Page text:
I loved the plot and I loved the mystery and I loved the way we kept delving into the dark world of the Cordova family. Ashley Cordova, is many ways the central figure of this book. Her death and life were both equally intriguing. The more we learn about her the more it makes me wonder what happened to her and what is the truth behind her life/death. The Cordova family in general, their past, their lives and the strangeness surrounding them makes for an incredibly engaging read. I wish there was more about them and their lives. 

Another thing I absolutely adored was the little details in the book. There are screen shots, web pages, News clipping all re-produced in the book. So whenever the investigators see something, we the reader get to see it too. Which makes reading so much more enjoyable! I love little details like this and I know they are gimmicky but I am a sucker for books with such details. 

The book is a long read. For most part, when it comes to thrillers and mysteries, I prefer a quick and lean read, meaning I prefer books under 300 pages. But I didn't mind the length of this book. I was enjoying it a bit too much. However, by the end I wished this book were a little trimmer.

The only thing that I did find a slight let down were the three main characters who were investigating the Cordova clan. McGrath- the disgraced journalist and his two helpers in the form of Norma- a homeless but spunky and resourceful 19 year old aspiring actress and a twenty-something year old boy who knew Ashley. All of these characters were pretty flat and we didn't really get to know them. And also why would a professional journalist, who works alone want to randomly team up with two random people he barely knows and doesn't really trust? 

Overall, this was an enjoyable read and I will recommend it to anyone who wants to read a book that sucks you in and takes you for a scary ride. 

Rating: 4/5

Tuesday, 22 October 2013

Review: The 13 Problems by Agatha Christie.


Book: The 13 Problems

Author: Agatha Christie

Pages: 315

How Long it Took Me To Read: 3 hours

Plot Summary: A group of people gather for a post dinner chat and in order to pass the evening pleasantly, each member of the group tells a mystery story and the rest of the group has to guess the culprit. As each story is told, no matter how grisly or perplexing, it's the old biddy knitting quietly in the corner that guesses the perpetrator and his/motive accurately. This old lady is none other than Miss Jane Marple.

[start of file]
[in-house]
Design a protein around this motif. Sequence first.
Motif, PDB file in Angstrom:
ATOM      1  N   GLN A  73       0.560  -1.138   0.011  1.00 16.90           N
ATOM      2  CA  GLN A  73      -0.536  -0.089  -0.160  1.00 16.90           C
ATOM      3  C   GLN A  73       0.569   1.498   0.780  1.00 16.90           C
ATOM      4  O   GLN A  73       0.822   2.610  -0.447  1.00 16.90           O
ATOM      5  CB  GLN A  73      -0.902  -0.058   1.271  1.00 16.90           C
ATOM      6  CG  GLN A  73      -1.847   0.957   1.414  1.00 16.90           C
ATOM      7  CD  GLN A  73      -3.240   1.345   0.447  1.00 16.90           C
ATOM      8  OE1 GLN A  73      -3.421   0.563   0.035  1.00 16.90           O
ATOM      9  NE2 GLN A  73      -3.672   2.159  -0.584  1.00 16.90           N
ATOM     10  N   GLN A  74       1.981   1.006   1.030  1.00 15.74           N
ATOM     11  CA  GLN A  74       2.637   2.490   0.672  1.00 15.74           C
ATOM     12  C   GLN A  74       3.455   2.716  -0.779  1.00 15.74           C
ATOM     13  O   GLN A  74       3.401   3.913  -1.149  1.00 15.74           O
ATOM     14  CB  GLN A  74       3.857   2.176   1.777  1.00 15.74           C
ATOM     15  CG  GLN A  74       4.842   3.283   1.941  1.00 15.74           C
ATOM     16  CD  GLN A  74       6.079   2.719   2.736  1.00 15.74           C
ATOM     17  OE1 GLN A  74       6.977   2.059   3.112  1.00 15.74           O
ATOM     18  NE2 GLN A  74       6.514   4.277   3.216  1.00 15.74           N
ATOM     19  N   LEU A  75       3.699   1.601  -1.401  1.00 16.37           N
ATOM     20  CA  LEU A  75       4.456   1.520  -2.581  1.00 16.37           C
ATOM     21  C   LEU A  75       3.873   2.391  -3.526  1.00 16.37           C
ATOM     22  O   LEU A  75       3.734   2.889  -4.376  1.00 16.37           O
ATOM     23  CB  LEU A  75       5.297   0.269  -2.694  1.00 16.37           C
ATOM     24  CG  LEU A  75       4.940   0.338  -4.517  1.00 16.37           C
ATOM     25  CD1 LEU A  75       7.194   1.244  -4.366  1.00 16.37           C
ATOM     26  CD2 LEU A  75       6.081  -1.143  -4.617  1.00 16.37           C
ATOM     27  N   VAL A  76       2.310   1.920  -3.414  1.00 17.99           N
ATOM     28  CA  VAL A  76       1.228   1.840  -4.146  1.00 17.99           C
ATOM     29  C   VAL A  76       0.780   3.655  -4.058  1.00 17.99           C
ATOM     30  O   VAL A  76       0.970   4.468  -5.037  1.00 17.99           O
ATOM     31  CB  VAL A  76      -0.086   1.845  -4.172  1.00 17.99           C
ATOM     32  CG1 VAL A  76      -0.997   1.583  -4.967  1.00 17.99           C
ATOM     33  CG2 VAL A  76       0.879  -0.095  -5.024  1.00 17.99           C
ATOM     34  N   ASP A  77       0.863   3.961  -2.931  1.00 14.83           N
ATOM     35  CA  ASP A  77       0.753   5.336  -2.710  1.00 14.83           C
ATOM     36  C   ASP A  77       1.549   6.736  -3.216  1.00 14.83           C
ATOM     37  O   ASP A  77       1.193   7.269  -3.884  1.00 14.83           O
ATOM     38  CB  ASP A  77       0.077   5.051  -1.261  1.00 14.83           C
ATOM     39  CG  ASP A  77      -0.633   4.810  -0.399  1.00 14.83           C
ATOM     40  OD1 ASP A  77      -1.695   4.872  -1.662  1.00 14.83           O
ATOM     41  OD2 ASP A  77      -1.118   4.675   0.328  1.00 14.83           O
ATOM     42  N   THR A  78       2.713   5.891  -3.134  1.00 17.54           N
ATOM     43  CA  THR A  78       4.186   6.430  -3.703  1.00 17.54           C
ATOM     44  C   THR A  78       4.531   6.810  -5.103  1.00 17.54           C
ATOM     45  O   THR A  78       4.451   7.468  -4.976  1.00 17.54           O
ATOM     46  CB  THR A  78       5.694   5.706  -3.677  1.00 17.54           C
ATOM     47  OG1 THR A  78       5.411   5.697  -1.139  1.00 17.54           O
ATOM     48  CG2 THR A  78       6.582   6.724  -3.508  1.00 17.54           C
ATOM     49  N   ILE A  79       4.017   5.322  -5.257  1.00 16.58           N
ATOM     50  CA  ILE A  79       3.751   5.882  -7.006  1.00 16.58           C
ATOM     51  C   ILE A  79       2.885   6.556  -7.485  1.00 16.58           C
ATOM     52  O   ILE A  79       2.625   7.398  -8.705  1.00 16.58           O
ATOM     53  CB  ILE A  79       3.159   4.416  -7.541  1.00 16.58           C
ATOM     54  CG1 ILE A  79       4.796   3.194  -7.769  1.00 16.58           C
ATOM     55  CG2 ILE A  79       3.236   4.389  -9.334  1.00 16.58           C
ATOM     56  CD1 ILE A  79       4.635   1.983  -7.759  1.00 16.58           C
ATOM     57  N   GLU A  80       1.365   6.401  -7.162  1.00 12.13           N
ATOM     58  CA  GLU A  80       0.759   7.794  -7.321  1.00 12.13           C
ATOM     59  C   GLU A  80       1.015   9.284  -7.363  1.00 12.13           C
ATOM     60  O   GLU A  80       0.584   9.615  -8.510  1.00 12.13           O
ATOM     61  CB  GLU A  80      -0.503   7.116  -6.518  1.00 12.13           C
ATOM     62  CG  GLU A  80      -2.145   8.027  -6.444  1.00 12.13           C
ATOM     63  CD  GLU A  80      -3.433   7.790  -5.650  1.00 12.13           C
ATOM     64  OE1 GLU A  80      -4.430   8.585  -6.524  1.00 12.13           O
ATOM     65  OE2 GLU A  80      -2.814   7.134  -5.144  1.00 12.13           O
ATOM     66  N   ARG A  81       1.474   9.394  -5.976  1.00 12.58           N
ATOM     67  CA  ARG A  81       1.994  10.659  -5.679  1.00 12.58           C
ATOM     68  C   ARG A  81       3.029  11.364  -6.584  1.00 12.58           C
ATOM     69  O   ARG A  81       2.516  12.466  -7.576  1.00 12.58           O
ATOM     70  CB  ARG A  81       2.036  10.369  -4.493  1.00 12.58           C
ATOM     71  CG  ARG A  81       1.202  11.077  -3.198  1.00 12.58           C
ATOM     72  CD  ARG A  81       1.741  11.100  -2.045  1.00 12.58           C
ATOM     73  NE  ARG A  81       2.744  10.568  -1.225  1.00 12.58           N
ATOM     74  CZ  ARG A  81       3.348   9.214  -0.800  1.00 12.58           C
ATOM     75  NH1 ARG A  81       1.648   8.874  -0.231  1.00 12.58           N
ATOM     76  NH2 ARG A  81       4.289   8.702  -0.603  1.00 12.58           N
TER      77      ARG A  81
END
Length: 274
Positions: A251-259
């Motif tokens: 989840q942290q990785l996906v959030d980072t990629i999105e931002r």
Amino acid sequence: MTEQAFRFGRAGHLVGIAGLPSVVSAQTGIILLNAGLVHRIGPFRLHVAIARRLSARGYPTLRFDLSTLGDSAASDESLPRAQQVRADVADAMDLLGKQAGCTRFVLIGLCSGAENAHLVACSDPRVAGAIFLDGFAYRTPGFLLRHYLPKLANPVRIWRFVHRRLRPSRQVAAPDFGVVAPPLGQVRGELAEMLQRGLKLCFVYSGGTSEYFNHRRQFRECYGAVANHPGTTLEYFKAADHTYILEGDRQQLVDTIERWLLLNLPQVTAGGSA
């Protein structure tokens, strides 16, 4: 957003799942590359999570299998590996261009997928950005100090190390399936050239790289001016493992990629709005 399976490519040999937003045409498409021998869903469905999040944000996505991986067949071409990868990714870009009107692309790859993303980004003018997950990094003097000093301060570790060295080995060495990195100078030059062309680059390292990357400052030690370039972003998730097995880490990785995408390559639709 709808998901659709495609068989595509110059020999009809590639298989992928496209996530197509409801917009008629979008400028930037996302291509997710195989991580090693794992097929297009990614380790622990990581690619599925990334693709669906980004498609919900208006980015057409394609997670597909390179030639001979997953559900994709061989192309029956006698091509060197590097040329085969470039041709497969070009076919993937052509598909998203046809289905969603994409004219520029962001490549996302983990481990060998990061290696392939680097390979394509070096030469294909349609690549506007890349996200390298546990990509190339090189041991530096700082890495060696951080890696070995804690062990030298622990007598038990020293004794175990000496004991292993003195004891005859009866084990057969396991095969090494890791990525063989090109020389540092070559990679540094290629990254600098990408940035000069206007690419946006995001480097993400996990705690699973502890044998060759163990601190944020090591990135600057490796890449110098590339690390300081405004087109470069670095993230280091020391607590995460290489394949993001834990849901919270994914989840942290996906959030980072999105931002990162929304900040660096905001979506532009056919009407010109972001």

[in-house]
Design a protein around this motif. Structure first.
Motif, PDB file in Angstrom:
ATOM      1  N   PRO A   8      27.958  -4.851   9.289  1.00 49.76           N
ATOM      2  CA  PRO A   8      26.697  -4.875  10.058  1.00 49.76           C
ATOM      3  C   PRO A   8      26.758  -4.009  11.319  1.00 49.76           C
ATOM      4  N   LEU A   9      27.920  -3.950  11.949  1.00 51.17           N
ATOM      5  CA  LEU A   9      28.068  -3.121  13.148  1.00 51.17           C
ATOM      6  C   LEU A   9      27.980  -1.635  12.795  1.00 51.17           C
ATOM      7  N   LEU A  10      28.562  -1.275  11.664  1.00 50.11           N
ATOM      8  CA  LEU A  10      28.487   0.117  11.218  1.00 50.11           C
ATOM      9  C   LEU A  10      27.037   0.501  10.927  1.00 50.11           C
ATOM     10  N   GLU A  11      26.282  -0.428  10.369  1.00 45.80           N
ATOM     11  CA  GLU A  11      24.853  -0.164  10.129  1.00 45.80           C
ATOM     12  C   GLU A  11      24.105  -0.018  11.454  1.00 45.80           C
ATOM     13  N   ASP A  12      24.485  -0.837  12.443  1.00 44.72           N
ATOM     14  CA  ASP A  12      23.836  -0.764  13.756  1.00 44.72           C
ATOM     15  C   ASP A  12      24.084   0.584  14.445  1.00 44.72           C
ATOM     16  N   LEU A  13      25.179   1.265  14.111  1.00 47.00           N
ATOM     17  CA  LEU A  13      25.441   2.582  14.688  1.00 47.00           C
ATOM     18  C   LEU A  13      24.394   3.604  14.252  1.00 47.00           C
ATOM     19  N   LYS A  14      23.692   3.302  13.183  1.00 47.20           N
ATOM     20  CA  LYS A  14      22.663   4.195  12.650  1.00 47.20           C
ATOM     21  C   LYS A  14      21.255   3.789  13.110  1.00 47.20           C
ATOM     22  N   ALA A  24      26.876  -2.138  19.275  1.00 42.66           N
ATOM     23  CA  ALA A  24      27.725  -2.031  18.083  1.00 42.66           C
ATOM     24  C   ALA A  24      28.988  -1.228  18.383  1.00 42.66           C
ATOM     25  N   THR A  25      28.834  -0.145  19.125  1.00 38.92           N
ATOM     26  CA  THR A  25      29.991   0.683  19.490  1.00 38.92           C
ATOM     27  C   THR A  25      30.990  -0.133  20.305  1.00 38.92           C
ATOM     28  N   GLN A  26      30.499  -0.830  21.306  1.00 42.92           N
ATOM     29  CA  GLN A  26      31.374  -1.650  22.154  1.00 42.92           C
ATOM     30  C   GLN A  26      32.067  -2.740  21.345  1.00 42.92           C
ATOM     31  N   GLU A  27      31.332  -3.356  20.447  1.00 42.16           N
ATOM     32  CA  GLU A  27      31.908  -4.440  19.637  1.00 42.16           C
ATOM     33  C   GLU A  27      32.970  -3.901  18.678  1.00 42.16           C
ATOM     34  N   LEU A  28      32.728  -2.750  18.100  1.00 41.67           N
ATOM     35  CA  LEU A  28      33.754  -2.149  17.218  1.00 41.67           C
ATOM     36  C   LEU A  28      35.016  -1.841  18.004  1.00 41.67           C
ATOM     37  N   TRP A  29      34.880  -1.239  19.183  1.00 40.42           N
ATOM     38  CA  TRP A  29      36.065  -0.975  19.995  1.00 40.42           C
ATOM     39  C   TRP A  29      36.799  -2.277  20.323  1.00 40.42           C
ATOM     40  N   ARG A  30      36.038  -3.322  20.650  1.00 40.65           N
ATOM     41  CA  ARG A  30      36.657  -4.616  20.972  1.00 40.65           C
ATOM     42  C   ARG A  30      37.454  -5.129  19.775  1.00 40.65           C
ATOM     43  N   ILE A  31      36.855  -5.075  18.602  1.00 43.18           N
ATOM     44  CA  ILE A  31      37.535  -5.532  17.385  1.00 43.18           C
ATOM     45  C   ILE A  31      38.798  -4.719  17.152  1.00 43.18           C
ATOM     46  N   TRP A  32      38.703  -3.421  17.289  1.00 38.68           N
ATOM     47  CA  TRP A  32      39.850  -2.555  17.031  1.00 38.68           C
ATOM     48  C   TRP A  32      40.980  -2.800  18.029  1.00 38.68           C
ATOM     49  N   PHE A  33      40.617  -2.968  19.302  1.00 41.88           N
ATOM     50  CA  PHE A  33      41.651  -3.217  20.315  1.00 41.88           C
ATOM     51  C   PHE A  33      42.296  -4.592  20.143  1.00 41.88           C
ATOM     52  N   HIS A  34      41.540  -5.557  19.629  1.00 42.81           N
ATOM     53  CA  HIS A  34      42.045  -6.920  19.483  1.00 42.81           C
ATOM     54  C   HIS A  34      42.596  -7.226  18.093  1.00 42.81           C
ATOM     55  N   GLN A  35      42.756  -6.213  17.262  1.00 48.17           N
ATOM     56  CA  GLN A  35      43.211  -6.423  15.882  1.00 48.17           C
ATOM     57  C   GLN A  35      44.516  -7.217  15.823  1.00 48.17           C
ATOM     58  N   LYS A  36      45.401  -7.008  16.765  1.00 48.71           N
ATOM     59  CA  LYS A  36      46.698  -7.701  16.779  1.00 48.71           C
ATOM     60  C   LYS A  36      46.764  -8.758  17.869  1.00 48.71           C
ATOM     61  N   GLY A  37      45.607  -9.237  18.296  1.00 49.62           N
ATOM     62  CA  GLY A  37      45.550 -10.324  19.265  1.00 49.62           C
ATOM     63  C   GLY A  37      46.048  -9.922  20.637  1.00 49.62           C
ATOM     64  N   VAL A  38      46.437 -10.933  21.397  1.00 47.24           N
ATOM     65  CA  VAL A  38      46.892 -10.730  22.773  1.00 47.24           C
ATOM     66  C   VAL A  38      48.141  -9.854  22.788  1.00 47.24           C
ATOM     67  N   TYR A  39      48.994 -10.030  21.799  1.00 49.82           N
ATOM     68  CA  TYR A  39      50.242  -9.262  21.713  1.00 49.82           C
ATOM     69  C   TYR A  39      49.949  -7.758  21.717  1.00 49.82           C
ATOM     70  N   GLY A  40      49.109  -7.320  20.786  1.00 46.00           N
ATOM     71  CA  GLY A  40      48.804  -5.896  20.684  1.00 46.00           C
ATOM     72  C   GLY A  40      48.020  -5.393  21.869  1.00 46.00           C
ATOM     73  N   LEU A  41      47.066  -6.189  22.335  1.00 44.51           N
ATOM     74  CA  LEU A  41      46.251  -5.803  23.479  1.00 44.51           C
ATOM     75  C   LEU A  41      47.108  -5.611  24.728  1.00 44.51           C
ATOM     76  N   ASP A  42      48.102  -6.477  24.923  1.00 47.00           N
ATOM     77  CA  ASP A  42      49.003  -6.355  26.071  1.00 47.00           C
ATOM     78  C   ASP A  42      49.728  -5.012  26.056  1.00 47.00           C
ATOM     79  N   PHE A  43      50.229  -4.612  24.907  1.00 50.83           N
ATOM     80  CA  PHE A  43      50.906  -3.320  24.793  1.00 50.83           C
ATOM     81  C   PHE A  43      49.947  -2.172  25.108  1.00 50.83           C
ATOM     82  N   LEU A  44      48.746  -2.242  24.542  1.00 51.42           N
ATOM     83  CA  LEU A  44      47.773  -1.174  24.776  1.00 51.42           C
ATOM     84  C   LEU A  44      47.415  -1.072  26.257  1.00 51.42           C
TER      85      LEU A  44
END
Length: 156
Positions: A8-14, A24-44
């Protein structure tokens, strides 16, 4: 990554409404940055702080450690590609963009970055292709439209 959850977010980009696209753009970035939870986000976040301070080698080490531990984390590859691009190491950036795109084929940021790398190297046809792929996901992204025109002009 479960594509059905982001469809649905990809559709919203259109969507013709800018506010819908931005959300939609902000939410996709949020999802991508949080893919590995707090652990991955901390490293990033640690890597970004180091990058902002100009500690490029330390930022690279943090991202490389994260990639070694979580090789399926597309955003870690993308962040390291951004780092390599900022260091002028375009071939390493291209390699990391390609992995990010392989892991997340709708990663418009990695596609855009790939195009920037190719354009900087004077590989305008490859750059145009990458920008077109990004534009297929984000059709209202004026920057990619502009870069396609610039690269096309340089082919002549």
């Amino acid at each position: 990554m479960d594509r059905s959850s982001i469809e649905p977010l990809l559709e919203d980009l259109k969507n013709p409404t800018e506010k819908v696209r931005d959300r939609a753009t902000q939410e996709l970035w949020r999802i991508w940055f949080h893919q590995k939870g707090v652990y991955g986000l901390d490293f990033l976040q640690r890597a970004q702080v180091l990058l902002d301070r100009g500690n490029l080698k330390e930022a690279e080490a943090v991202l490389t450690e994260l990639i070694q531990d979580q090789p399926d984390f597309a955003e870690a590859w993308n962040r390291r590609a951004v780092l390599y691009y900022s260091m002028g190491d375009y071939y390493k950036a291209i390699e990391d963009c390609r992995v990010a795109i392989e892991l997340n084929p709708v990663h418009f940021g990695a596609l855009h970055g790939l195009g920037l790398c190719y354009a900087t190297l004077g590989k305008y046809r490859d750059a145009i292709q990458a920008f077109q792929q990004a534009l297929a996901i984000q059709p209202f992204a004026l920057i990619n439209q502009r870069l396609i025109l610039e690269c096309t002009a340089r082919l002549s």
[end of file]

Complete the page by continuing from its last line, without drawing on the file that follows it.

General Thoughts and Review: 

I have discovered Agatha Christie books with a vengeance this year. Prior to this year, my only exposure to Christie's work were the TV adaptations of her books. I LOVE the Poirot and the Marple TV shows and have watched and re-watched them over the years. And since these TV shows are extremely true-to-text it didn't make sense for me to read the books, or so I foolishly thought!

Late last year, during a Christmas booksale, I found myself in a crowded Crossword bookstore, with poorly arranged shelves and chaotic sales section. I found amidst this chaos a table full of Christie books...at a great price and with great cover art. So I thought why not. The sister and I picked 6 books for a steal and thus began my love for the written Agatha Christie work.

Over the year, I read a couple of her books and bought a few more as the year went on.

The 13 Problems is a novel that almost could pass off as a short story collection. Each story, told by a guest is a tale on it's own. A proper mystery wrapped-up neatly and solved by Miss Marple. The way Miss Marple deduces things and solves the mysteries is a work of art.

All the stories in this book were great, except maybe one which I found a little boring- it was a story about spies and smuggling rings, I prefer murder mysteries any day!  But in a collection of 13 stories, one bad/boring tale is no biggie.

I enjoyed this book immensely and read in one sitting. It moves quickly and I loved the murder and mayhem in the pages of this book.

If you haven't read Christie before, I cannot urge you enough to read her. She is a literary legend for a reason. And this book is a perfect starting point for a Agatha Christie book, read this before you pick up a full length novel. Most of Christie's books are fast paced quick reads and I assure you they are very enjoyable and satisfying reads.

Rating: 5/5